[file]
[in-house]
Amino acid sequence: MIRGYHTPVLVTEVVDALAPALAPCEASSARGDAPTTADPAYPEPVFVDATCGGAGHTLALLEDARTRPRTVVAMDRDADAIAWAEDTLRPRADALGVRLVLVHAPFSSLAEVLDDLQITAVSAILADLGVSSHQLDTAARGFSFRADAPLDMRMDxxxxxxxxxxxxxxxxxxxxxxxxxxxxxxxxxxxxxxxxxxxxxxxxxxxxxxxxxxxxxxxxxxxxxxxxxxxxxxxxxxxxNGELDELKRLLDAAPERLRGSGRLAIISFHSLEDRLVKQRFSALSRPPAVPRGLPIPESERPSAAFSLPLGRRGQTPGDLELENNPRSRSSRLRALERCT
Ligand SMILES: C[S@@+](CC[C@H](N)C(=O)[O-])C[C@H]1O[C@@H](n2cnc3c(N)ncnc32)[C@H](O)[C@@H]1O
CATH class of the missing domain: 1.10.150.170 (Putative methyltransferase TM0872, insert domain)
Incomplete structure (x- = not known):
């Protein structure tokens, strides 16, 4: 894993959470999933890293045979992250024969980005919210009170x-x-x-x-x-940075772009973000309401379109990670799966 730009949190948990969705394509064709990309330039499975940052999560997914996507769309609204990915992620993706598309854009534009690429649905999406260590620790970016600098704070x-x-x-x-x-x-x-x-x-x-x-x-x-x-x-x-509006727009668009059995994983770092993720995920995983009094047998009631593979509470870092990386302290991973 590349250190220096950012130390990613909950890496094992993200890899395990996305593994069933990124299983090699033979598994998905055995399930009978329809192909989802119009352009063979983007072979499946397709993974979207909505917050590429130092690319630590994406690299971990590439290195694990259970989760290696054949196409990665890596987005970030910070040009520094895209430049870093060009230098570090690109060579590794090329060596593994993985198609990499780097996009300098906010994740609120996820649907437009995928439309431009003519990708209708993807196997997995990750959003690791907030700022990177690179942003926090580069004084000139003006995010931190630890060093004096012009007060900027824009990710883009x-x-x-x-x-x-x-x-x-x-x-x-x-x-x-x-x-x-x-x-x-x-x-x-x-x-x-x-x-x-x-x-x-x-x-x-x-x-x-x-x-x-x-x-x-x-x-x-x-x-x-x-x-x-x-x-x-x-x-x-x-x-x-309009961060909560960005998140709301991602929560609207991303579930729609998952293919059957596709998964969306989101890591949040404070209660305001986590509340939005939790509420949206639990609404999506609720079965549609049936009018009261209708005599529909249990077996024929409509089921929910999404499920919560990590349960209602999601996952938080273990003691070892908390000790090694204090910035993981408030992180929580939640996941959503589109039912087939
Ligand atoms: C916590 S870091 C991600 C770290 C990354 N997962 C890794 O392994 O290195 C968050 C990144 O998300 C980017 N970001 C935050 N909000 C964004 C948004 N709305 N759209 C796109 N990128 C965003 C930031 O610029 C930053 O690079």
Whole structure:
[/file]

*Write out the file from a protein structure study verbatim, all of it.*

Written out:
[in-house]
Amino acid sequence: MIRGYHTPVLVTEVVDALAPALAPCEASSARGDAPTTADPAYPEPVFVDATCGGAGHTLALLEDARTRPRTVVAMDRDADAIAWAEDTLRPRADALGVRLVLVHAPFSSLAEVLDDLQITAVSAILADLGVSSHQLDTAARGFSFRADAPLDMRMDxxxxxxxxxxxxxxxxxxxxxxxxxxxxxxxxxxxxxxxxxxxxxxxxxxxxxxxxxxxxxxxxxxxxxxxxxxxxxxxxxxxxNGELDELKRLLDAAPERLRGSGRLAIISFHSLEDRLVKQRFSALSRPPAVPRGLPIPESERPSAAFSLPLGRRGQTPGDLELENNPRSRSSRLRALERCT
Ligand SMILES: C[S@@+](CC[C@H](N)C(=O)[O-])C[C@H]1O[C@@H](n2cnc3c(N)ncnc32)[C@H](O)[C@@H]1O
CATH class of the missing domain: 1.10.150.170 (Putative methyltransferase TM0872, insert domain)
Incomplete structure (x- = not known):
């Protein structure tokens, strides 16, 4: 894993959470999933890293045979992250024969980005919210009170x-x-x-x-x-940075772009973000309401379109990670799966 730009949190948990969705394509064709990309330039499975940052999560997914996507769309609204990915992620993706598309854009534009690429649905999406260590620790970016600098704070x-x-x-x-x-x-x-x-x-x-x-x-x-x-x-x-509006727009668009059995994983770092993720995920995983009094047998009631593979509470870092990386302290991973 590349250190220096950012130390990613909950890496094992993200890899395990996305593994069933990124299983090699033979598994998905055995399930009978329809192909989802119009352009063979983007072979499946397709993974979207909505917050590429130092690319630590994406690299971990590439290195694990259970989760290696054949196409990665890596987005970030910070040009520094895209430049870093060009230098570090690109060579590794090329060596593994993985198609990499780097996009300098906010994740609120996820649907437009995928439309431009003519990708209708993807196997997995990750959003690791907030700022990177690179942003926090580069004084000139003006995010931190630890060093004096012009007060900027824009990710883009x-x-x-x-x-x-x-x-x-x-x-x-x-x-x-x-x-x-x-x-x-x-x-x-x-x-x-x-x-x-x-x-x-x-x-x-x-x-x-x-x-x-x-x-x-x-x-x-x-x-x-x-x-x-x-x-x-x-x-x-x-x-x-309009961060909560960005998140709301991602929560609207991303579930729609998952293919059957596709998964969306989101890591949040404070209660305001986590509340939005939790509420949206639990609404999506609720079965549609049936009018009261209708005599529909249990077996024929409509089921929910999404499920919560990590349960209602999601996952938080273990003691070892908390000790090694204090910035993981408030992180929580939640996941959503589109039912087939
Ligand atoms: C916590 S870091 C991600 C770290 C990354 N997962 C890794 O392994 O290195 C968050 C990144 O998300 C980017 N970001 C935050 N909000 C964004 C948004 N709305 N759209 C796109 N990128 C965003 C930031 O610029 C930053 O690079």
Whole structure: